The time came for our longest haul of the trip, driving from El Bolsón to El Chaltén. We initially planned to do the entire drive in two days (Wednesday and Thursday) but decided instead to leave El Bolsón on Tuesday and drive a few hours south to the Parque Nacional Los Alerces, where we stayed on Tuesday night. This gave us an opportunity to see the park and feel like we had a slight jumpstart on the mileage ahead of us when we set off Wednesday morning.
The entire road through the park is gravel and, in certain sections, riddled with washboards. While there were a few great views of a glacier and of lakes, we were surprised at the lack of any grand vistas or pull-outs along the road to “ooh” and “ahh” at the scenery. Maybe we’re just spoiled with our national parks back home.
On Wednesday morning we left the park and spent about 12.5 hours making our way south on Ruta 40. Most of the time we were surrounded by nothing but miles upon miles of expansive plains and massive skies, with frequent sightings of the local wildlife (Alastair swears he saw an armadillo but I saw no such thing and we have yet to see another). We also took some time to practice our singing skills and tried out a few new duets.
We made it to the Las Horquetas area and had our first experience with “wild camping,” which simply means we parked the campervan down by the river (enter Chris Farley) in a small lot away from the main highway. There were no amenities and no protection from the wind, but it was a really fun way to spend the night and provided amazing 360-degree views of the sunrise on Thursday morning. I don’t think I’ve ever been in a place where I could see so far in all directions yet feel so secluded from everything and everyone (except Alastair, of course). And, it was free! Win-win!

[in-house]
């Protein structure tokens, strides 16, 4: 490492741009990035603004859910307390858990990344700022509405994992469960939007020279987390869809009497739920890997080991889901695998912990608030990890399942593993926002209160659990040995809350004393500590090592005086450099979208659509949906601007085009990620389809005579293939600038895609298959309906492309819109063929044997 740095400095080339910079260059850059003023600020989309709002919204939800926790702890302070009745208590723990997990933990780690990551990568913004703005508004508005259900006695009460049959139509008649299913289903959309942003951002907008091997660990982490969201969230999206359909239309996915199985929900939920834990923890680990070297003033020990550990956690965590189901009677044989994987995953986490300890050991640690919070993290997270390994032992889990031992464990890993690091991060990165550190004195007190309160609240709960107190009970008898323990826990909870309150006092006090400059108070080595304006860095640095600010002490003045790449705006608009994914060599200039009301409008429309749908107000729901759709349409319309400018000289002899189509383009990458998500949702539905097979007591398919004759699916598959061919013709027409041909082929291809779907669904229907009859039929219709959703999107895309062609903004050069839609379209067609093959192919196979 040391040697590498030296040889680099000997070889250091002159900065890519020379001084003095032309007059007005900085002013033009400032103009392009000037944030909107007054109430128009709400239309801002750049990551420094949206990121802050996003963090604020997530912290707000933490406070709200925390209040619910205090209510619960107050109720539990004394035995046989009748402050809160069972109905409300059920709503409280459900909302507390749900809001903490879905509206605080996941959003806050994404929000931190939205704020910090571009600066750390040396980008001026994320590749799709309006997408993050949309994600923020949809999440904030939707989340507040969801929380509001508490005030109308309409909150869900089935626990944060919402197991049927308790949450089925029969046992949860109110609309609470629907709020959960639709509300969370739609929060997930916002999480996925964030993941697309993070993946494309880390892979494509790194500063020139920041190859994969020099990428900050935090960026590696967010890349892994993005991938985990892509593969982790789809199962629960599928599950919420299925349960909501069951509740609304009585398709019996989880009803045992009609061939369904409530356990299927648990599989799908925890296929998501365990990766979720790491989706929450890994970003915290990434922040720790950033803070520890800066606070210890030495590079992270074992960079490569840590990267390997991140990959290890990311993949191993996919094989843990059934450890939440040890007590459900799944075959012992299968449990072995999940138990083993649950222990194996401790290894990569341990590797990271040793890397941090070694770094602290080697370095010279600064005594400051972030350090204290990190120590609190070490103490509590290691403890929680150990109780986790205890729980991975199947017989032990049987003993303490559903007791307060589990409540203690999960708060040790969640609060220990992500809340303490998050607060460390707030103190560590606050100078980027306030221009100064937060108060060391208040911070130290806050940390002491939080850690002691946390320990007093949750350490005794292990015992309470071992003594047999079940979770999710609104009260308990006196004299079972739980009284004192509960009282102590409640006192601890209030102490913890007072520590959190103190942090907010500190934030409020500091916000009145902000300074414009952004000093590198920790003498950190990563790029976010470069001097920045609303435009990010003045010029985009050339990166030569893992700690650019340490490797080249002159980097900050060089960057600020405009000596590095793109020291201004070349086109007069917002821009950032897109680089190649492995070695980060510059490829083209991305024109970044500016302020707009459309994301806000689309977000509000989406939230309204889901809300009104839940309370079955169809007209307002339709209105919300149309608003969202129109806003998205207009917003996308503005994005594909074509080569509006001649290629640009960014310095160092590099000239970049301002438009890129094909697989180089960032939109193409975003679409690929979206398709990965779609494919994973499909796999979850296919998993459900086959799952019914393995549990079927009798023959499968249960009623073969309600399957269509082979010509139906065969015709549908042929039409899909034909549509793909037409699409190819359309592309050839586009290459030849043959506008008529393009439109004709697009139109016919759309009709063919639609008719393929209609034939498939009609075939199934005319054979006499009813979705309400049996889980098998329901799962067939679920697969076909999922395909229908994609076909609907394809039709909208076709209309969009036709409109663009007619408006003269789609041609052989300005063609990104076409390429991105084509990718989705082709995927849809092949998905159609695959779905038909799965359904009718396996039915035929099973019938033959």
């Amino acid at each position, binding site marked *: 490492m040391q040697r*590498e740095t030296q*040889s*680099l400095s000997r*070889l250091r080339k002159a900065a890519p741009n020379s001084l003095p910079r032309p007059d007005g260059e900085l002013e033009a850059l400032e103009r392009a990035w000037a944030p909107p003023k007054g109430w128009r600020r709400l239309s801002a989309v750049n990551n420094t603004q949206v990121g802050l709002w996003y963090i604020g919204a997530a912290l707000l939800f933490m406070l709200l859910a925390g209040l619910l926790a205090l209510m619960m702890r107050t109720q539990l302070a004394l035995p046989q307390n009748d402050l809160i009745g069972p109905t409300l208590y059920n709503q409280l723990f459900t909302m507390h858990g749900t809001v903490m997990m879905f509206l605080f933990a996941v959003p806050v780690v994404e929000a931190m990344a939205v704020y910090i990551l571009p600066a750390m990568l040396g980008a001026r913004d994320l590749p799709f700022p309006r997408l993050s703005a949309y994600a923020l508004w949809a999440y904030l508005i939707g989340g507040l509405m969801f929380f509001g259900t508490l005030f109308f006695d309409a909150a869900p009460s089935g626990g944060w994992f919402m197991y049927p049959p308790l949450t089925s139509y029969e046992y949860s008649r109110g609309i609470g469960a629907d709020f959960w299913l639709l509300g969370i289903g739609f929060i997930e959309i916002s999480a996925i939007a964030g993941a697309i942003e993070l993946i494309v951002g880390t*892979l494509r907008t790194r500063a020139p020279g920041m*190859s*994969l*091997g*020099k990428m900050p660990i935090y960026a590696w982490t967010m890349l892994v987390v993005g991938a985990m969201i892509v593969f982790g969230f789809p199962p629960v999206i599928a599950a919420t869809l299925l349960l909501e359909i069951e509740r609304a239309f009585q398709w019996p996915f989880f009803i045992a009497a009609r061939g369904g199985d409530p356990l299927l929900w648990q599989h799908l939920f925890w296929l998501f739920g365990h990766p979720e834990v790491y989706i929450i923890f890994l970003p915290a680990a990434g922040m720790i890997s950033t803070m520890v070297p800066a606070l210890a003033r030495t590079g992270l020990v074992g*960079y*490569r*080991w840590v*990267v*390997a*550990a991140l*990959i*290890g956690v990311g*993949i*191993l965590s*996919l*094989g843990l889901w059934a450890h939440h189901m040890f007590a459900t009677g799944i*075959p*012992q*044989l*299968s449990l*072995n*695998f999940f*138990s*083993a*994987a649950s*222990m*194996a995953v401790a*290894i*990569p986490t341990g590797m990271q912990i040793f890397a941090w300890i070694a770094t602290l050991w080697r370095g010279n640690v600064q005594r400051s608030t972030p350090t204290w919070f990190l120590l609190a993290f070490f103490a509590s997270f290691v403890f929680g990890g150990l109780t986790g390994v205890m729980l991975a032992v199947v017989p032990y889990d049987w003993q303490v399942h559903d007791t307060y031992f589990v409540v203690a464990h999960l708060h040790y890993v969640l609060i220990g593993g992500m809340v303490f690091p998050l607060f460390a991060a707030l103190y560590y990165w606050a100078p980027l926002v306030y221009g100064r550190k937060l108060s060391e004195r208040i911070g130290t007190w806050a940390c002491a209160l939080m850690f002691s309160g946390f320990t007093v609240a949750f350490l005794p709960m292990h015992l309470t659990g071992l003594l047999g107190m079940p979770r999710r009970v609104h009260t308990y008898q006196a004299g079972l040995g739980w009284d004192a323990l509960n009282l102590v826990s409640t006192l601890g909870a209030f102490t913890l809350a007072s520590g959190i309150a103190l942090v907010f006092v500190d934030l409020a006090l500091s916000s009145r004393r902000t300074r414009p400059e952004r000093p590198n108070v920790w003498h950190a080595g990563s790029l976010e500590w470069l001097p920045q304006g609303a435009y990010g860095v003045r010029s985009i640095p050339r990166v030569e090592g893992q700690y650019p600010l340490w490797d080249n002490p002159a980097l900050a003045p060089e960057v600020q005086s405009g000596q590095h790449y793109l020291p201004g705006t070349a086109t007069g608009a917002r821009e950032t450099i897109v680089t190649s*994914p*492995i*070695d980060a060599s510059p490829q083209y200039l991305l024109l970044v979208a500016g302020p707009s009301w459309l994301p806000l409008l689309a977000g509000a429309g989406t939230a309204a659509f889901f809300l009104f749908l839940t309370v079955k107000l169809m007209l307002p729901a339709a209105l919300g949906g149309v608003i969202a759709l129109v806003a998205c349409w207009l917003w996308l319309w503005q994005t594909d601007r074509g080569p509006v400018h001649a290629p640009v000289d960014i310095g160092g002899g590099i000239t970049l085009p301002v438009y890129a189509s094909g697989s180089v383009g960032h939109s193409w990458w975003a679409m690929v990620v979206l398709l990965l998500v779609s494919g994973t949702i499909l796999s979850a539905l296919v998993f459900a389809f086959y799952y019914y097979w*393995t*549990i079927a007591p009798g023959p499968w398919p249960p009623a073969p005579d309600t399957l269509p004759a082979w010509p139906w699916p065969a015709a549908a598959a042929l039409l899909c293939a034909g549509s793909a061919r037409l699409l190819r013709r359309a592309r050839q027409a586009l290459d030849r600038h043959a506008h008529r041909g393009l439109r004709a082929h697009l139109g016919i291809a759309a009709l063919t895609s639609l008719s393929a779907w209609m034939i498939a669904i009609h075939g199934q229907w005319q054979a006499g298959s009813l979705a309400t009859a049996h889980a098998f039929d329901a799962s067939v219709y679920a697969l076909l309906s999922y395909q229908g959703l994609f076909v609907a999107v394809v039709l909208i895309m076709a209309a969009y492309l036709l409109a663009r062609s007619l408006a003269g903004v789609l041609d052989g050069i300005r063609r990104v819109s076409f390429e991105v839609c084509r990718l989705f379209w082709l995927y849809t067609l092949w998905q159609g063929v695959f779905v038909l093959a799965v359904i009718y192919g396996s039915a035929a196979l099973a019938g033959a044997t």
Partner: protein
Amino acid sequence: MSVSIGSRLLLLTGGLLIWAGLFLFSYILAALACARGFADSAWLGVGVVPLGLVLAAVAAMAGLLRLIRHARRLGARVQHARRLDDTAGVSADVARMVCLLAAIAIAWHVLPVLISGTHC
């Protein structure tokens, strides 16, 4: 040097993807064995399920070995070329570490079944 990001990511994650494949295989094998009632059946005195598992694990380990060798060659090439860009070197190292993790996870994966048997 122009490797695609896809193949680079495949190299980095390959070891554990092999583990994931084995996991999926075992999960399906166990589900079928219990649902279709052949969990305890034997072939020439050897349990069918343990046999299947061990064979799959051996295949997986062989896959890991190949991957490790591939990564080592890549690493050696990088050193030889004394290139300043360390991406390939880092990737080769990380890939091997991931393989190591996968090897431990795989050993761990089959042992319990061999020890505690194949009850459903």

The long hours on Wednesday felt well worth it on Thursday when we rolled in to El Chaltén by early afternoon. This section of driving included many more miles of unpaved highway and tested our skills at staying on our side of the road during massive gusts of Patagonian winds. Alastair was such a trooper and did almost all of the driving (and has been doing so since we got the van) while I played DJ and enjoyed watching the clouds form and reform into all sorts of shapes and sizes.
Shortly after arriving in El Chaltén it began to rain. It was mildly refreshing considering the heat and dust we’ve been subject to recently, and we’ve been lucky to avoid any rain up until this point. We spent most of the rest of the day in the van and in a communal building at our campground plotting our strategy for the upcoming days and crossing our fingers for drier weather ahead.